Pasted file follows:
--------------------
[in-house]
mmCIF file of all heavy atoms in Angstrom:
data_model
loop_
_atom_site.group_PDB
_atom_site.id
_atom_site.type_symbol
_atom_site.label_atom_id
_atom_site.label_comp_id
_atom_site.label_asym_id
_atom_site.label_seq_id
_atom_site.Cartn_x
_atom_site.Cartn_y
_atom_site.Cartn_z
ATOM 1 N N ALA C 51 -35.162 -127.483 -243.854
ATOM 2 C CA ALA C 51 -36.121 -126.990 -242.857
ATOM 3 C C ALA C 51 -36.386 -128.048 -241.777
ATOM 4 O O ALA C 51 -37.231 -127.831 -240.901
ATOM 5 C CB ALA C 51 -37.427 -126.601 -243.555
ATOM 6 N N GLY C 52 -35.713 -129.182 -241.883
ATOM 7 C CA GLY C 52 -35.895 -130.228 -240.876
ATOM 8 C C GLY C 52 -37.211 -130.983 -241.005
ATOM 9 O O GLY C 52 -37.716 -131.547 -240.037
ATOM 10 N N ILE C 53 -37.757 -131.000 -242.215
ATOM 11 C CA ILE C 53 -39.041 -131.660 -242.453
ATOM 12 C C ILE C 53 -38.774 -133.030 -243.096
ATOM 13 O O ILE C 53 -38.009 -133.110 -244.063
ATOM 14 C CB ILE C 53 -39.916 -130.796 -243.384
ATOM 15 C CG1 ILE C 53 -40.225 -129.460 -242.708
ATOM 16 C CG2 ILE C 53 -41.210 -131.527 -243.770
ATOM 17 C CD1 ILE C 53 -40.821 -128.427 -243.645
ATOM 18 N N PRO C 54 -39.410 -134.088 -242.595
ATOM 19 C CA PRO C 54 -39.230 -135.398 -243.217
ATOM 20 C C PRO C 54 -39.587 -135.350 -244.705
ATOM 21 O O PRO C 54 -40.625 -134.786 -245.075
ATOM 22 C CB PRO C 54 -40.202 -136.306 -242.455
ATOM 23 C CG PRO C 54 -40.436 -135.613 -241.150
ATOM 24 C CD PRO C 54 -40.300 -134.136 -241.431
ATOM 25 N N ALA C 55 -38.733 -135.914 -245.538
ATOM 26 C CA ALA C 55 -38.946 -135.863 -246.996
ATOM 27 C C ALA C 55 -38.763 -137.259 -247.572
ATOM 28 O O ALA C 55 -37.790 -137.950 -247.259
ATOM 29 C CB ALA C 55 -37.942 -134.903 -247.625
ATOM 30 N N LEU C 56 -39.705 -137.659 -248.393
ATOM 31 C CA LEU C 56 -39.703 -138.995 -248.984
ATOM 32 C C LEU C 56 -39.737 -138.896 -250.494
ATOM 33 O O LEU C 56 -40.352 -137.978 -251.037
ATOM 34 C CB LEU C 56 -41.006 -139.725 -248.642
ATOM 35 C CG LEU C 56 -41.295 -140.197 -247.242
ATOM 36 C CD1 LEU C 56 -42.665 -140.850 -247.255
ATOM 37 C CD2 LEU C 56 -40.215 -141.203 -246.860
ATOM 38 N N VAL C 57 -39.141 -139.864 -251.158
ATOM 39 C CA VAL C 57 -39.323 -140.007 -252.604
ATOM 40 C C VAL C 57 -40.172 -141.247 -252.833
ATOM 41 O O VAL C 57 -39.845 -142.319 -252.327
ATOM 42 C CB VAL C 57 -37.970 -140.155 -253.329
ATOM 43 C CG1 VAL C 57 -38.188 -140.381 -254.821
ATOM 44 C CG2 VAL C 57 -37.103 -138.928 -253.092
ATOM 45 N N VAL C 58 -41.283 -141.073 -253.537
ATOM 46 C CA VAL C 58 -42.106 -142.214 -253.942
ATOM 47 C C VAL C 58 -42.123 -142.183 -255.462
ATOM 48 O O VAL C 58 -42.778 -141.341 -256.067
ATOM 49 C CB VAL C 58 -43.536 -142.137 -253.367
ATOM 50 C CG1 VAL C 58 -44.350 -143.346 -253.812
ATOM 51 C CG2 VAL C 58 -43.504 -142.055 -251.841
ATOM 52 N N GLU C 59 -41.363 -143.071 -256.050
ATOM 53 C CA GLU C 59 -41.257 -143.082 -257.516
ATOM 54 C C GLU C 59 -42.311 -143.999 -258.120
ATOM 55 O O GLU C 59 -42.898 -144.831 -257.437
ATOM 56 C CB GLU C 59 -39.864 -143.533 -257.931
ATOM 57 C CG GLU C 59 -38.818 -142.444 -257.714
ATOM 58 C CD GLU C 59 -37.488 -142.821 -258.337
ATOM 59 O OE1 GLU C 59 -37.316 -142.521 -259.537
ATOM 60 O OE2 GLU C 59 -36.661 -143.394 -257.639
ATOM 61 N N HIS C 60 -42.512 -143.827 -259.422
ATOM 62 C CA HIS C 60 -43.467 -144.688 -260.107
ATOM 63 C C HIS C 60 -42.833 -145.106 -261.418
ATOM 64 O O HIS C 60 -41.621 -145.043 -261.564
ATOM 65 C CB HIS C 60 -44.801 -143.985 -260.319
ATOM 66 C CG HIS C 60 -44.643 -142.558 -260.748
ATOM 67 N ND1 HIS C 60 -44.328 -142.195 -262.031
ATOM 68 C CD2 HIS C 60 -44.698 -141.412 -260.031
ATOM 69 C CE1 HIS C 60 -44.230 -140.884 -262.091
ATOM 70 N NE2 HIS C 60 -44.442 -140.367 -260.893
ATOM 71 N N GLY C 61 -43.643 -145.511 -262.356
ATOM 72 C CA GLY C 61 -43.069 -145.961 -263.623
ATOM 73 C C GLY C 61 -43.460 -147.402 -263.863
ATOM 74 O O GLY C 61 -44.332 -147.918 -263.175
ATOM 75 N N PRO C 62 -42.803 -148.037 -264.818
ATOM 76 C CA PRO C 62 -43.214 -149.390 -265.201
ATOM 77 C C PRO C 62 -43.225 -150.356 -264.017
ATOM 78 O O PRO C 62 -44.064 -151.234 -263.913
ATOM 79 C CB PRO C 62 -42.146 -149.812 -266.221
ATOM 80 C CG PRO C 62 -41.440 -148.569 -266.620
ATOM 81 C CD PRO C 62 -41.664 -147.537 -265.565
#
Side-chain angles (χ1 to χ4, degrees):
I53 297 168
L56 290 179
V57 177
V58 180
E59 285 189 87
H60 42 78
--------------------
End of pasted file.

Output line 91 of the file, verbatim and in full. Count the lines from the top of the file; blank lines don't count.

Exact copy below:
ATOM 77 C C PRO C 62 -43.225 -150.356 -264.017